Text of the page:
When you connect any film with another film, espically one that has been very succesful, it leaves you wide open for attack. BADGE 373 is connected often, (within the special features at least) with THE FRENCH CONNECTION and THE SEVEN UPS. All three are crime films based on the exploits of certain cops and certain infamous moments that made their respective careers. One film is an award winner and the other has the greatest car chase of all time. So it is high praise indeed for BADGE 373 to arrive at this doorstep. Now we have more also to connect them. Locations. New York and the surrounds. They share some of the same people, navigating all three over the course of the early 70s. They have a few crew members, working on either and a few cast members, that are there for the legend and the legacy. However does BADGE 373 stand up to the others admirably?

Eddie Ryan (Robert Duvall), is a tough, Irish NYPD cop. He pulls off sting after sting, smacks up a few of the criminal elements. Sadly he has been given a hard time after his service is called into question, due to an accidental death. He now works in a bar, sleeps with the door woman and seems happy enough. However the rejection hits him hard and he starts heading out on a one-man crusade. Someone killed his partner, Gigi Caputo (Louis Cosentino). Someone who has a connection to the Puerto Rican drug kingpin Sweet Willie (Henry Darrow). Drugs, violence and now a shipment of guns for Puerto Rican independentistas are floating around. Will he stop them or will he fall on the sword of his conviction?

BADGE 373 is on the lower end of the three films mentioned above. By lower end, I mean in every sense. Film technique, direction, production, talent and even script. This is my problem with comparions. Viewers come to the package and yes, I understand they need to link it but they are being short changed by the film. It might have a pivotal central performance from Robert Duvall. It  might have a story that is both real (in sense of fact) and immediate (in sense of tone). However this is where it ends. The direction is unbalanced, the script pulls heavy in much of the long dialogue scenes. Thankfully you have a series of very good extras to bolster a film that is mediocre. These lift a film that may have enraged certain viewer and I would not have blamed them.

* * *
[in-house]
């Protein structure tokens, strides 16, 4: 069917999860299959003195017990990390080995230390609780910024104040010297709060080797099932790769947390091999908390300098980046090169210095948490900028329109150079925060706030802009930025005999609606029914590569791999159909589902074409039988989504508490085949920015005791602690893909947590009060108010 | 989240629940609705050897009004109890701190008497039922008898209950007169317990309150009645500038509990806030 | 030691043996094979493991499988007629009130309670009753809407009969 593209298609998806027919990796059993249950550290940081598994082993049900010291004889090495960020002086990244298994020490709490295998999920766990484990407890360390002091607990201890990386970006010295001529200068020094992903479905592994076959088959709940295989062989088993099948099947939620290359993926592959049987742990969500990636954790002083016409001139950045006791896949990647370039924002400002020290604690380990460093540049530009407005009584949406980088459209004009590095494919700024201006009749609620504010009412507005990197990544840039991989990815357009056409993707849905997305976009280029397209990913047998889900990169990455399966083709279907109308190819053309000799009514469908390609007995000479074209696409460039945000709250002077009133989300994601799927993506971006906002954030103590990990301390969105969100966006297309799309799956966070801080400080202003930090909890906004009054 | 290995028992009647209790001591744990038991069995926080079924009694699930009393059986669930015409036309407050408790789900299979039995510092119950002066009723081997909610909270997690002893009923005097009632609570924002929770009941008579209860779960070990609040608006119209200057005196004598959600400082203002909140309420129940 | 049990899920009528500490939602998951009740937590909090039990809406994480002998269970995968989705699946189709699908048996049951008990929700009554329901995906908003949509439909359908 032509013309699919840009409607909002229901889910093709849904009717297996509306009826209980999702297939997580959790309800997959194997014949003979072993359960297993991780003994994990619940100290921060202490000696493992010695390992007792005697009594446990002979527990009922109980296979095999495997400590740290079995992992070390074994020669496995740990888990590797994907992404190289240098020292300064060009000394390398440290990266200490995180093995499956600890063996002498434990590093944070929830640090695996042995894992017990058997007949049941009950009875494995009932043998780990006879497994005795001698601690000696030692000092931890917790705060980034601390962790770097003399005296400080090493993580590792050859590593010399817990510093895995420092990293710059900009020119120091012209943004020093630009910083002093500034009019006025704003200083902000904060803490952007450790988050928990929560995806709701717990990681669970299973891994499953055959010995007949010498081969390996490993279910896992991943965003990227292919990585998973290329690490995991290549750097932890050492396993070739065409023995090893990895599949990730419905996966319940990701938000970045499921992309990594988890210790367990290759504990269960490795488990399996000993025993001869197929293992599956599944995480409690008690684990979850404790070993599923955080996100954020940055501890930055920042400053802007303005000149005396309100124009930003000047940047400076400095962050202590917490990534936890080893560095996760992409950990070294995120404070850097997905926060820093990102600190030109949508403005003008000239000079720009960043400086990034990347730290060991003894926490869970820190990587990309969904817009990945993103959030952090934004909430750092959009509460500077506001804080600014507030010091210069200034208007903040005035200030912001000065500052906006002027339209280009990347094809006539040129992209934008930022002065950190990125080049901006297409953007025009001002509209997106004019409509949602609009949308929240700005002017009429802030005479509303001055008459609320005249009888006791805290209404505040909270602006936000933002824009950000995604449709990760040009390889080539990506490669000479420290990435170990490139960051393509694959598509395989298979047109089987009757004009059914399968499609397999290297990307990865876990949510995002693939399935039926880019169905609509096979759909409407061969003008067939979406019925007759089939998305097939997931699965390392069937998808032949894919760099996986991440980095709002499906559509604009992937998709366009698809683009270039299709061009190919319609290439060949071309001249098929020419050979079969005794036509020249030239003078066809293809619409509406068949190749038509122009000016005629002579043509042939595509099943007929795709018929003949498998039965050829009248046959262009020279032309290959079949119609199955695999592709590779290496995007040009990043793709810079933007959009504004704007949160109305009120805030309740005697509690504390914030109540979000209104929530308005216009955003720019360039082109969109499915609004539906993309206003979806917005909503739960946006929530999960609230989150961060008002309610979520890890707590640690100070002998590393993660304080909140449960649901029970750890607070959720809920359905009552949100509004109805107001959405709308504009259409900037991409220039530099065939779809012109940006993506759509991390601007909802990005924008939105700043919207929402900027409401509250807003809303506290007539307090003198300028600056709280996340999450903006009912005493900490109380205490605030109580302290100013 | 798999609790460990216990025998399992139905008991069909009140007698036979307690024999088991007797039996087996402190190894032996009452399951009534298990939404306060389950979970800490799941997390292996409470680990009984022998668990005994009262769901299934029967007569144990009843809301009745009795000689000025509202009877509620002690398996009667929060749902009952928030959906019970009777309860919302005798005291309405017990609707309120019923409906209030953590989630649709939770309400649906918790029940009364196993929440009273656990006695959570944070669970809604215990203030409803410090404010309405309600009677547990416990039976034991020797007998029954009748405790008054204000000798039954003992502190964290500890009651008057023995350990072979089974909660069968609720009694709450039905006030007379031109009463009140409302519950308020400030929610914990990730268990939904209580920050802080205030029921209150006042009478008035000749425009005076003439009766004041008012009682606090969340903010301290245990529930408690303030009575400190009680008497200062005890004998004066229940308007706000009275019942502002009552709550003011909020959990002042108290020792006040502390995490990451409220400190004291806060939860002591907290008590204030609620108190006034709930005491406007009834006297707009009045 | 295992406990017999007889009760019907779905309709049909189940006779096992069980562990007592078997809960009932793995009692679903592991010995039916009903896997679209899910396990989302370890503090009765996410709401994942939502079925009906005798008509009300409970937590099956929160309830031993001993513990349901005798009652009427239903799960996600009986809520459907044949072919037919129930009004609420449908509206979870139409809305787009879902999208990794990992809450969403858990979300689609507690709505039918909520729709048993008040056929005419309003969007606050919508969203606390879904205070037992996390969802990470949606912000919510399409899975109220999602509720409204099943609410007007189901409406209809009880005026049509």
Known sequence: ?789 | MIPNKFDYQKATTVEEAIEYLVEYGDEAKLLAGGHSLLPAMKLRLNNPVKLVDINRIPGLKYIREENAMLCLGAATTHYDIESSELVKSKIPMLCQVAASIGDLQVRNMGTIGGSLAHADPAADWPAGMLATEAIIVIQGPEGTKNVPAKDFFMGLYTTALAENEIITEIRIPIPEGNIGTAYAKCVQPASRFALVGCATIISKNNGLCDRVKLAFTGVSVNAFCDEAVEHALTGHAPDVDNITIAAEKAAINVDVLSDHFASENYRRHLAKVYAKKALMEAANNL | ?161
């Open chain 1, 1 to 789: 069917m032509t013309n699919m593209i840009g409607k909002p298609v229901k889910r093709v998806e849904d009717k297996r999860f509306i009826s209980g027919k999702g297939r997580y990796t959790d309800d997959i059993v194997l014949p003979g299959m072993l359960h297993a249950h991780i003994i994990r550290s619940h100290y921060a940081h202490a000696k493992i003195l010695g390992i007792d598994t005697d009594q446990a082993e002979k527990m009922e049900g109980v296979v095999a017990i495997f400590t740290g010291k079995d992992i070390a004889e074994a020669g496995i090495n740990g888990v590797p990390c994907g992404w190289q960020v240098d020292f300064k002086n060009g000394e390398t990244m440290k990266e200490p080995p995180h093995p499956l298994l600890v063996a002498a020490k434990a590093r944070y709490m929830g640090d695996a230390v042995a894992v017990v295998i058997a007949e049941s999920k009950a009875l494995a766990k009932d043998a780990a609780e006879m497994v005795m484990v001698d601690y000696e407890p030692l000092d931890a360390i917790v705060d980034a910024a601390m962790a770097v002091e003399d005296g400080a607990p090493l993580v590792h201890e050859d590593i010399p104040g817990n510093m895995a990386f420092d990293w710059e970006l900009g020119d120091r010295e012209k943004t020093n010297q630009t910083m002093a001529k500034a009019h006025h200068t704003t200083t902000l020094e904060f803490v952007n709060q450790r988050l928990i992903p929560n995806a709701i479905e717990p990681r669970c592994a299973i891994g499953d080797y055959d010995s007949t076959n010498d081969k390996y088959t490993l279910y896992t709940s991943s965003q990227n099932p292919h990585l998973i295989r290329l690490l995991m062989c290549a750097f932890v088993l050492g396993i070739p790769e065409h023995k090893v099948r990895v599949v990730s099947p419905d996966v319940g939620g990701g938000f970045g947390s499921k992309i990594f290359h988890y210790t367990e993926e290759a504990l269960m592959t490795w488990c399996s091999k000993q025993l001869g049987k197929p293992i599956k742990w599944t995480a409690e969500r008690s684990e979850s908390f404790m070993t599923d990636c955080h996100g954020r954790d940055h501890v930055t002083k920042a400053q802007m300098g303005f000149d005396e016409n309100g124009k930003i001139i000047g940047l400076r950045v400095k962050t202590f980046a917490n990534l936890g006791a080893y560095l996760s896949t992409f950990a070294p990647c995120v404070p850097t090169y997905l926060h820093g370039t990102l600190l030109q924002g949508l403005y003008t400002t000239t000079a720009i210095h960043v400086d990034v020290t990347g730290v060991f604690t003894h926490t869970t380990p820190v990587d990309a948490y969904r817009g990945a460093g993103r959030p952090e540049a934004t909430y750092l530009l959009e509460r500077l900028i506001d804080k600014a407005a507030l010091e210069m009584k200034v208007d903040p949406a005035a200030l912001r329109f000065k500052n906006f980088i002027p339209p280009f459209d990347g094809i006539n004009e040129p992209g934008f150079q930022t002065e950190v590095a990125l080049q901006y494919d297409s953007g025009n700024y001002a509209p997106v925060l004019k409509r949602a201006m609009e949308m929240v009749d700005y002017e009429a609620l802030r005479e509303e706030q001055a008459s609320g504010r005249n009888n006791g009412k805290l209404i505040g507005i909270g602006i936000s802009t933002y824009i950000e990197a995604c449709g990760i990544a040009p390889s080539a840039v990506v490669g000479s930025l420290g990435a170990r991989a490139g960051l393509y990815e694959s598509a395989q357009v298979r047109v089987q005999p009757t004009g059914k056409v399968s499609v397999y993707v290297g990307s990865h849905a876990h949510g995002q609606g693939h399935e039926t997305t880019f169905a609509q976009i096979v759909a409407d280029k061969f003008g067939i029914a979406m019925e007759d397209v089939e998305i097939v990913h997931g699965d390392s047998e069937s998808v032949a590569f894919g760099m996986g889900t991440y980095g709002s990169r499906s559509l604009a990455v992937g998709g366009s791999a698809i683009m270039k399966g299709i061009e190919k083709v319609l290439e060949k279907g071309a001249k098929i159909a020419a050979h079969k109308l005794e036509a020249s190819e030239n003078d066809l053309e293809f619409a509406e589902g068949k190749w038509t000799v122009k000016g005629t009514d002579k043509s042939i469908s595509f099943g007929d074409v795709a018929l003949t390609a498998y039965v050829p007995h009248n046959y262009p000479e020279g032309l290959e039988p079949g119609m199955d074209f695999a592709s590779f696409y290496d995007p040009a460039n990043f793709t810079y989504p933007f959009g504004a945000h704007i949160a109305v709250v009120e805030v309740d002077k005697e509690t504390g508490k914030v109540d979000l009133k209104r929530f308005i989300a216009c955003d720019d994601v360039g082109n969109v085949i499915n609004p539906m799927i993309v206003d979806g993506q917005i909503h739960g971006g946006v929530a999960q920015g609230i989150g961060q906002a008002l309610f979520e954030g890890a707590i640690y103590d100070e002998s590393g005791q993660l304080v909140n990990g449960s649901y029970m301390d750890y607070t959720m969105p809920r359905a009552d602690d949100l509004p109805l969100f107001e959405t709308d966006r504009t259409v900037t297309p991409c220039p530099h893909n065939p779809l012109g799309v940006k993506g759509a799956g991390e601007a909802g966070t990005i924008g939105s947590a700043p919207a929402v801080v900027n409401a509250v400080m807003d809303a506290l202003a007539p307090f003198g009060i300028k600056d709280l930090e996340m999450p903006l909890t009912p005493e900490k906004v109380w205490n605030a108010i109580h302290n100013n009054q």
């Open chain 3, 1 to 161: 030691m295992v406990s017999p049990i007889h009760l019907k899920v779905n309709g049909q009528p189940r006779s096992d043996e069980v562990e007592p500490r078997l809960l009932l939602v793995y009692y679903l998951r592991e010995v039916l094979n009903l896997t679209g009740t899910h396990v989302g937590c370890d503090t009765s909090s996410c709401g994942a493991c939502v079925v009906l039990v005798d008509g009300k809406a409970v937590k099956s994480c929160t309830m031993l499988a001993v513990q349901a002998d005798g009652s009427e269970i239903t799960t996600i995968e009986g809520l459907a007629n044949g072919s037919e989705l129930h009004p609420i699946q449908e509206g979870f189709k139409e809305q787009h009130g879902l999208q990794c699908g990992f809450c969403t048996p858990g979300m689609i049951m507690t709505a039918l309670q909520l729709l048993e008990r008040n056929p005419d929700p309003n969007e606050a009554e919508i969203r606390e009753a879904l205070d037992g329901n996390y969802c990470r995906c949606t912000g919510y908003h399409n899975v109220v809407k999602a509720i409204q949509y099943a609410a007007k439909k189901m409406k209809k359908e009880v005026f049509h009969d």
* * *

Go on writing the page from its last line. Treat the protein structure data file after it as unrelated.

HD remaster quality comparions is difficult. I have no version to review against. Its nice enough though, in my opinion. Projected it had that grainy feel and light stutter I love from the seventies cinema.


Right, this is where it gets grand. Welcome to Fear City runs at a good pace and covers all three films above. NYPD detective Randy Jurgensen is famed for his CRUISING stint (that is, the film is based on his exploits) but he worked on so much aside from that, film wise. He makes for engaging listening. The stills of him on the films are nice. Then you have a tone of him never taking it too seriously. Lethal Enforcers sees film critic Glenn Kenny, cover the anti hero cops of cinema and focus on the 70s. He points to DIRTY HARRY, FRENCH CONNECTION et al. BADGE 373 gets a little look in but thank god for that.



  • High Definition remaster
  • Original mono audio
  • Welcome to Fear City (2019, 25 mins): actor and former NYPD detective Randy Jurgensen remembers the life and career of Eddie Egan, and discusses his experiences in the film industry
  • Lethal Enforcers (2019, 29 mins): film critic Glenn Kenny analyses the styles and trends of seventies cop movies
  • Original theatrical trailer
  • TV spot
  • Radio spots
  • Image gallery: promotional and publicity material
  • New and improved English subtitles for the deaf and hard-of-hearing
  • Limited edition exclusive 36-page booklet with a new essay by Michael Pattison, an archival on-set report, an overview of critical responses, and film credits
  • UK premiere on Blu-ray
  • Limited edition of 3,000 copies

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